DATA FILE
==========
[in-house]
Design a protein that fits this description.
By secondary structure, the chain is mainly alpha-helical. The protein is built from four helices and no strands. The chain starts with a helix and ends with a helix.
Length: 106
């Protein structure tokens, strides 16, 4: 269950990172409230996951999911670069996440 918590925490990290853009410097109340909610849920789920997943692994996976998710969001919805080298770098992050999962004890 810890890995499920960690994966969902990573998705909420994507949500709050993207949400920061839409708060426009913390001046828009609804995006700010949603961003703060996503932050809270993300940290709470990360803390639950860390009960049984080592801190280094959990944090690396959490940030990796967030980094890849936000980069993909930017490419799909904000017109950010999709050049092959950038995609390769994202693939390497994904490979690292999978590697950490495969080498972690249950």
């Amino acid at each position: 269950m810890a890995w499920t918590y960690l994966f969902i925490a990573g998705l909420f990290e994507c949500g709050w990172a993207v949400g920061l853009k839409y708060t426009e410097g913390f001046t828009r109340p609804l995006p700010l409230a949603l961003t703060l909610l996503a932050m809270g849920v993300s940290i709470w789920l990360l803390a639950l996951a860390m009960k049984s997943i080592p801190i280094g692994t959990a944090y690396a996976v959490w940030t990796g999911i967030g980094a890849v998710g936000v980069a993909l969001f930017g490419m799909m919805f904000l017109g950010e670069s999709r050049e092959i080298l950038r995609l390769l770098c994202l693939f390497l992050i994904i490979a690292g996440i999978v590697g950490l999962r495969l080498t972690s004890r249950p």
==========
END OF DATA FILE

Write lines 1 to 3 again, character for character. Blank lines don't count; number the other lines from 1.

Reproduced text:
[in-house]
Design a protein that fits this description.
By secondary structure, the chain is mainly alpha-helical. The protein is built from four helices and no strands. The chain starts with a helix and ends with a helix.